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Mohican
Antenna-Theory.com Newbie

Joined: 09 Mar 2015
Posts: 2

 Posted: Tue Mar 10, 2015 4:07 pm    Post subject: Dipole antenna characterization Hi Guys, I have a question about dipole antenna characterization with VNA. Generally, VNA has signal and ground in its output port. Let's assume that left part of dipole (connected to core and gets signal from VNA) so it has regular quarter wavelength current distribution. Then, the right side of dipole, that suppose to be specular reflection of left one, has constant current distribution=0, since it connected to coating, that is grounded. 1. So since half of dipole antenna has a constant potential (viz. ground), does it mean that only half of antenna radiates,in other words dipole act as a monopole? 2. Does the fact that half of the dipole is grounded affect the measured impedance of the antenna? Regards, Newbie

Joined: 03 Jan 2007
Posts: 197

 Posted: Tue Mar 10, 2015 7:53 pm    Post subject: Ground does not have zero current through it ground is a path for rf current to flow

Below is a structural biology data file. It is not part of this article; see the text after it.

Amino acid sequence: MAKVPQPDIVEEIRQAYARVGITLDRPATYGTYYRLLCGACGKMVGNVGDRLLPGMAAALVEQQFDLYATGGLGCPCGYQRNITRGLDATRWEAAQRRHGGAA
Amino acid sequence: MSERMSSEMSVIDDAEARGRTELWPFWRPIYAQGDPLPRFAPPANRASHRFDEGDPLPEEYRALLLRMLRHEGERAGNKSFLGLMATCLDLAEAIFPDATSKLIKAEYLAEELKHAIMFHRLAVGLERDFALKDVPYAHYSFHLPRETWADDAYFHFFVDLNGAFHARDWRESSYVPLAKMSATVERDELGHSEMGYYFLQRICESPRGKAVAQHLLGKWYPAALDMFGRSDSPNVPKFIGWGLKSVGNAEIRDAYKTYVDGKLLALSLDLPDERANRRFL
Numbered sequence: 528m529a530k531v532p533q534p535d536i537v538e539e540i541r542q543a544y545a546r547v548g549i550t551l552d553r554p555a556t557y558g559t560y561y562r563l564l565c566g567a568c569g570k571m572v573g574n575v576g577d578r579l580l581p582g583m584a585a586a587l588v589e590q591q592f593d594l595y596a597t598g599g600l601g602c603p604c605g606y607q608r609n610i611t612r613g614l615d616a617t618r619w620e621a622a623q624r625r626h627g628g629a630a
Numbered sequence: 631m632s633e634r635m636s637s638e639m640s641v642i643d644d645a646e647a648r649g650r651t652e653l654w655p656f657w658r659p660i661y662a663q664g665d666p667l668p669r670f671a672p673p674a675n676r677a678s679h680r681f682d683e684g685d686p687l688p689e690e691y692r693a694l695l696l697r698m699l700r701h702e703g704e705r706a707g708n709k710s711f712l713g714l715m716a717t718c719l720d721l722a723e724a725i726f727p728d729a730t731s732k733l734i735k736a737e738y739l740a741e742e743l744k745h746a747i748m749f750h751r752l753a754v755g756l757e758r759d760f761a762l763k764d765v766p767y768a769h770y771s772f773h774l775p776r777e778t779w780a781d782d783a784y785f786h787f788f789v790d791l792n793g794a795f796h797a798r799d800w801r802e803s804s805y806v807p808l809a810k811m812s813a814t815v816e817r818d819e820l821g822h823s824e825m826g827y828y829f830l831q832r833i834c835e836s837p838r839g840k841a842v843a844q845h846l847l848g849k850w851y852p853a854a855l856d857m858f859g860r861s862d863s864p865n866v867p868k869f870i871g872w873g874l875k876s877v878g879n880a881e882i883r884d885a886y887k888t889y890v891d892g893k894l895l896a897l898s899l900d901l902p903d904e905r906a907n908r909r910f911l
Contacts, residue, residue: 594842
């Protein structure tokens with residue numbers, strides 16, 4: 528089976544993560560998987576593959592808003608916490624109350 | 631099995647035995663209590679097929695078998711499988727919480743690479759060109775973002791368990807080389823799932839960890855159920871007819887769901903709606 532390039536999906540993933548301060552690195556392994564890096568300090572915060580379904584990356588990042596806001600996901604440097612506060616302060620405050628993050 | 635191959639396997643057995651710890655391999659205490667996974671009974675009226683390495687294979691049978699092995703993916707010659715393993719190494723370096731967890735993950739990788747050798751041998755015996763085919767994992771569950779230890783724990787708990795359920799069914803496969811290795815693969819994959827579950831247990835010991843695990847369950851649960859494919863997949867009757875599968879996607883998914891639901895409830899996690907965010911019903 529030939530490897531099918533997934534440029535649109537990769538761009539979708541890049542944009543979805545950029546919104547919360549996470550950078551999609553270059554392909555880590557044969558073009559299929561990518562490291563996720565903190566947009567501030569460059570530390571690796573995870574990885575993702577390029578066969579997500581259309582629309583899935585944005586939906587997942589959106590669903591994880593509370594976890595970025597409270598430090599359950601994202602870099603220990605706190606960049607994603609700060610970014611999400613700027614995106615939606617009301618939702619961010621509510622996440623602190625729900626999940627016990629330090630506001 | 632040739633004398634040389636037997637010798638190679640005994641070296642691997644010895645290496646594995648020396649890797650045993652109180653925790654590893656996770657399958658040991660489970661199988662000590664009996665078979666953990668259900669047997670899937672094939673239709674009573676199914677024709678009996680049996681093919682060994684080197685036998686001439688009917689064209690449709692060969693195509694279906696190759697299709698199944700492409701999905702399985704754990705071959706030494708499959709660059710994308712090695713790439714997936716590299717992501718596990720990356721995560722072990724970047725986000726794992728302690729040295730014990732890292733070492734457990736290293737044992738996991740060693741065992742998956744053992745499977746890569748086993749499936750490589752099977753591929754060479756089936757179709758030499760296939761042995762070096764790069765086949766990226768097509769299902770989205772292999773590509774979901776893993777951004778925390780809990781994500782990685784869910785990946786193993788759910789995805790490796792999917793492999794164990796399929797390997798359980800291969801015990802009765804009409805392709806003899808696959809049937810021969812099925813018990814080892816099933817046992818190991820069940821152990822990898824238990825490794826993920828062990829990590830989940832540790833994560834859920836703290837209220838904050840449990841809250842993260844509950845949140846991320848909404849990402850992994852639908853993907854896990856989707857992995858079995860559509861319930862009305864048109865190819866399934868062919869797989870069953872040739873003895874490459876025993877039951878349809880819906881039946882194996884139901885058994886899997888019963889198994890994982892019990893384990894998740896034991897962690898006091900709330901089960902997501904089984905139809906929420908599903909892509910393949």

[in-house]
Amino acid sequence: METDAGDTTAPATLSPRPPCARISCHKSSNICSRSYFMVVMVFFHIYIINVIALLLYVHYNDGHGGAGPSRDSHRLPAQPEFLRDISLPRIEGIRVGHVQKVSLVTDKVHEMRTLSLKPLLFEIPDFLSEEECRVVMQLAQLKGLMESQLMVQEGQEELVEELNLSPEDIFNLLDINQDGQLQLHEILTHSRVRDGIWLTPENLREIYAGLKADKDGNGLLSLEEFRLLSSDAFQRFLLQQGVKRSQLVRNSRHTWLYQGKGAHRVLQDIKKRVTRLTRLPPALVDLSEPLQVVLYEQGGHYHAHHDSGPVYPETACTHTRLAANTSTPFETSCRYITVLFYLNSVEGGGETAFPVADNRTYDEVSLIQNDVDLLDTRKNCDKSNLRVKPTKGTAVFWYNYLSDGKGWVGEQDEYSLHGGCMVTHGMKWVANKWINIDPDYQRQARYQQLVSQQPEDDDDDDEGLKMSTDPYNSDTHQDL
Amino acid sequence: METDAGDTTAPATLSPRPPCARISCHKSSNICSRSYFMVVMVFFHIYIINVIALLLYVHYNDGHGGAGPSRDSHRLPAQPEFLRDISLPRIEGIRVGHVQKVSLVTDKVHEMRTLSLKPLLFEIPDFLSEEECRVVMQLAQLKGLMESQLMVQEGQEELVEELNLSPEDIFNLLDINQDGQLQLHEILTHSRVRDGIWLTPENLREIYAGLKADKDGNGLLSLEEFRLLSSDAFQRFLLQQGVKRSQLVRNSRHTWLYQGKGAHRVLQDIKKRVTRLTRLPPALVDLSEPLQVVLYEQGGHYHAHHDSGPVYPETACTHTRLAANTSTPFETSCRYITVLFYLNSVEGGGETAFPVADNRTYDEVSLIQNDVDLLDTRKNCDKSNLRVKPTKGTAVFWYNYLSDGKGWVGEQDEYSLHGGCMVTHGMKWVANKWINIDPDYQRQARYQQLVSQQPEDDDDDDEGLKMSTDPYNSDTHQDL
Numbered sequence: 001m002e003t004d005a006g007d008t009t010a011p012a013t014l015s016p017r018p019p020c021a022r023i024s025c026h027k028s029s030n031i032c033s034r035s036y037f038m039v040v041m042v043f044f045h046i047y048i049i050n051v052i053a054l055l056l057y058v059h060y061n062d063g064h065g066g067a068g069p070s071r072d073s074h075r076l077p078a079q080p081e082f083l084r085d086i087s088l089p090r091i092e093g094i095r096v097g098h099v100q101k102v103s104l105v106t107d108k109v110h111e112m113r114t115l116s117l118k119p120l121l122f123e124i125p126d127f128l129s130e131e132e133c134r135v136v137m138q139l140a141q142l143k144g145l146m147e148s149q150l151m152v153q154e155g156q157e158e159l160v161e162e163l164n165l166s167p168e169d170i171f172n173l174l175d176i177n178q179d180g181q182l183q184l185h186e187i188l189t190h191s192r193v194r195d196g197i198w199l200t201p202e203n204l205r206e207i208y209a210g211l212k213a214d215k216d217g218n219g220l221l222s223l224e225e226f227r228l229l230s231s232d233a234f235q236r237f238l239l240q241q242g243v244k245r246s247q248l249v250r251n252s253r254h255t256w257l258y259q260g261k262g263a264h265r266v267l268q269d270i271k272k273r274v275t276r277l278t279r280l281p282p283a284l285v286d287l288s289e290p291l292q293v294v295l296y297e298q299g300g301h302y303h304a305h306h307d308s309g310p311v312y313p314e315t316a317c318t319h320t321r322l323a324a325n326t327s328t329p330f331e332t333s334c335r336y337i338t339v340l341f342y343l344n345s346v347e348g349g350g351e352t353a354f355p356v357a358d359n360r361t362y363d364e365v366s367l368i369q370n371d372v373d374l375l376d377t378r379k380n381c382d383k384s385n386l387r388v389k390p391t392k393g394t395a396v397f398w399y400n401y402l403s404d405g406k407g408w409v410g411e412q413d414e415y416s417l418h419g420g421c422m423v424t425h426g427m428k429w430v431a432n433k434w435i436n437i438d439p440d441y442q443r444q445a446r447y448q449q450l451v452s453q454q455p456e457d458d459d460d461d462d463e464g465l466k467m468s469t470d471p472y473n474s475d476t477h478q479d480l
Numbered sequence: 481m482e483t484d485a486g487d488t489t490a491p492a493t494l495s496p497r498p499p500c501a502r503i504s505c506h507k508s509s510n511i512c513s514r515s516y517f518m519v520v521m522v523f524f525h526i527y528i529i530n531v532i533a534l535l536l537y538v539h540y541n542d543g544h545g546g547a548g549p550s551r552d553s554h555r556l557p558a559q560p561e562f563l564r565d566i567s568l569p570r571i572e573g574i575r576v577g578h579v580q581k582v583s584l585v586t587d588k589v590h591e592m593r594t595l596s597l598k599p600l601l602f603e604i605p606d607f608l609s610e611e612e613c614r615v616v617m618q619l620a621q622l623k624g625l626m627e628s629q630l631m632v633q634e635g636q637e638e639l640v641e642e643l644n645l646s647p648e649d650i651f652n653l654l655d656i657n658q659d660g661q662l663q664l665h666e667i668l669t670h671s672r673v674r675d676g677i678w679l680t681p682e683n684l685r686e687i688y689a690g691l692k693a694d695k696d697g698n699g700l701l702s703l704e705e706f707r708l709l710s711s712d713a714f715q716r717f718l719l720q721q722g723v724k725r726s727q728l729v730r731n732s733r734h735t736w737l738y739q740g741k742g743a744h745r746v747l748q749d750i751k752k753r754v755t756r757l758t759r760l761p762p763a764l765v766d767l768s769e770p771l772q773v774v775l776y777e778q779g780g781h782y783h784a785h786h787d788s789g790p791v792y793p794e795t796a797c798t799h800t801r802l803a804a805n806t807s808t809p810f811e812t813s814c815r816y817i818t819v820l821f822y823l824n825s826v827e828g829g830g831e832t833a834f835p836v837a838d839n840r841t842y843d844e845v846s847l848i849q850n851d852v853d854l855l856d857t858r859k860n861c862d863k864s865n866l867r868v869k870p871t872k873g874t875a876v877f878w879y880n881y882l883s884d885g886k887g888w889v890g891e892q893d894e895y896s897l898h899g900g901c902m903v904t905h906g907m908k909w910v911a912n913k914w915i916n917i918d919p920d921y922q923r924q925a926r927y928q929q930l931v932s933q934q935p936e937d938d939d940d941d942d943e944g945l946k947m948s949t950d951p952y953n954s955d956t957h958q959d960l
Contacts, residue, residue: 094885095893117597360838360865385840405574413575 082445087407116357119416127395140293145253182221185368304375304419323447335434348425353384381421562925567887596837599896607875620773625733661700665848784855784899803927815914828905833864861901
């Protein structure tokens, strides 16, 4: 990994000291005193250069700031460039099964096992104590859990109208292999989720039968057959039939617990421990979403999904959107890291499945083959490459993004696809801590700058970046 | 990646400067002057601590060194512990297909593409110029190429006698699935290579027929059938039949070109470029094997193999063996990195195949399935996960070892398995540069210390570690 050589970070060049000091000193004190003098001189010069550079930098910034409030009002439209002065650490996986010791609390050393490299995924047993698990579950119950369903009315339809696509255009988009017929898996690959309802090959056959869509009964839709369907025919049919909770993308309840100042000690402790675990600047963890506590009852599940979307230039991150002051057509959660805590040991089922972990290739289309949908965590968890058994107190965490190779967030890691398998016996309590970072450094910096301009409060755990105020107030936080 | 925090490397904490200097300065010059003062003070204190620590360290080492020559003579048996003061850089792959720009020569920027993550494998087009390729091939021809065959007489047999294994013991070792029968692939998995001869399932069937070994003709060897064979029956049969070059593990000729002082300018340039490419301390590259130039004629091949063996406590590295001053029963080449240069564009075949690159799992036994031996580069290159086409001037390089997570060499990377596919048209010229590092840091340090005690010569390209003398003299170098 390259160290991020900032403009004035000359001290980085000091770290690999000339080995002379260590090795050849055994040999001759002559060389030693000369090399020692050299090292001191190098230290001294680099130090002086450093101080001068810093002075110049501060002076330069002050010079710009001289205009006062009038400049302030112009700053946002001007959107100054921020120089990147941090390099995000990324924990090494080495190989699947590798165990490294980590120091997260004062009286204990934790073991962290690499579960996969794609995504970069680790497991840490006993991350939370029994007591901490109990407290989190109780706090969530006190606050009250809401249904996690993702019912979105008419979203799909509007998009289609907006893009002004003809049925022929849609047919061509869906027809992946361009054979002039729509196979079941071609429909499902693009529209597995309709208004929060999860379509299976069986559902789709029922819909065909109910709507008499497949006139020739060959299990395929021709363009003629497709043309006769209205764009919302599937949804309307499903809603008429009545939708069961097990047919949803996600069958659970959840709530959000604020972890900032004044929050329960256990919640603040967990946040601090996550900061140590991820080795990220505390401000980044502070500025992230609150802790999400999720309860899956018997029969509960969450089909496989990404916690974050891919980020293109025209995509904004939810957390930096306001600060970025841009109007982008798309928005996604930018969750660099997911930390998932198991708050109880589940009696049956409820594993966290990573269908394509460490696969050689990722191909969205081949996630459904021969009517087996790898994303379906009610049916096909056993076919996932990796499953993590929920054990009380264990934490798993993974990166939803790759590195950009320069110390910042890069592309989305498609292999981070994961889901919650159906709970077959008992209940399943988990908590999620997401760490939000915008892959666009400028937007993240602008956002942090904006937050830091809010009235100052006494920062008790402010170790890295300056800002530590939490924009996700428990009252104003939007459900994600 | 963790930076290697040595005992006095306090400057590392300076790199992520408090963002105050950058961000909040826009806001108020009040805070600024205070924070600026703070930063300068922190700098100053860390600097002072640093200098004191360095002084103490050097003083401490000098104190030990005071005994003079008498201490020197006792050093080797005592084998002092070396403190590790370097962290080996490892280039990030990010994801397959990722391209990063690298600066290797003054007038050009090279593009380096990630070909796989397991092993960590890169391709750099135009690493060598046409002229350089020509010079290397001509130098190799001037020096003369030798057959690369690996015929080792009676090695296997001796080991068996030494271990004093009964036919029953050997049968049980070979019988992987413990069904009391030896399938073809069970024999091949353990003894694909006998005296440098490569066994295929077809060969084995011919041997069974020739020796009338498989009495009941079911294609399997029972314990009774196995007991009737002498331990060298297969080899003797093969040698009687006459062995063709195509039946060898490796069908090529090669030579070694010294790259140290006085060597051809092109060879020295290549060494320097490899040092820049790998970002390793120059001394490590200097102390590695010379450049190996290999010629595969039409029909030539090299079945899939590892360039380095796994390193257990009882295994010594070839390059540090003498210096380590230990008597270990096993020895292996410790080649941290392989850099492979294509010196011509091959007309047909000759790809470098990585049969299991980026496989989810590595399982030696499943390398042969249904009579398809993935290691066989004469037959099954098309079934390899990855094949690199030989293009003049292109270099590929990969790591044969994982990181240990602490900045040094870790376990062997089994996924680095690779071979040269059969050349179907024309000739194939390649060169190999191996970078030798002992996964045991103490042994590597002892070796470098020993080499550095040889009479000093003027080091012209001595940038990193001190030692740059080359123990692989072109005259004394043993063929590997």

R. Fry
Antenna Theory Regular

Joined: 06 Jun 2011
Posts: 42
Location: Illinois USA

 Posted: Wed Mar 11, 2015 10:33 am    Post subject: The inner surface of the outer conductor of a coaxial cable carries the same r-f current magnitude as the outer surface of the inner conductor, just 180 degrees out of phase with it. When a coaxial cable is connected to the feedpoint of a dipole antenna, r-f current flows out of one side of the dipole and into the other side, changing directions during each cycle of the r-f waveform.
helix
Antenna Theory Regular

Joined: 29 Jan 2015
Posts: 64

 Posted: Mon Mar 16, 2015 12:25 am    Post subject: The VNA coaxial output is "unbalanced" (asymmetric w.r.t. ground) while the dipole structure is "balanced" (symmetric w.r.t. ground). You will want to use a device called a balun (balanced to unbalanced converter) to measure the dipole input impedance correctly with VNA. The VNA is connected to the unbalanced port and the dipole arms are connected to the two balanced terminals). If you do not use a balun, then in general you will find that the VNA cable (which you generally don't intend to be part of your antenna/radiating structure) will be "hot" (have "antenna mode" RF currents on it) and this will affect your VNA impedance measurement to various degrees, depending on the circumstances. A basic test to see how "hot" the VNA cable is is to run your hand along its length and see if the antenna impedance (i.e., Smith chart locus) changes. Ferrite (absorber) beads clamped to the VNA cable can help suppress this effect, but the real problem is that the antenna is not fed in a balanced manner.
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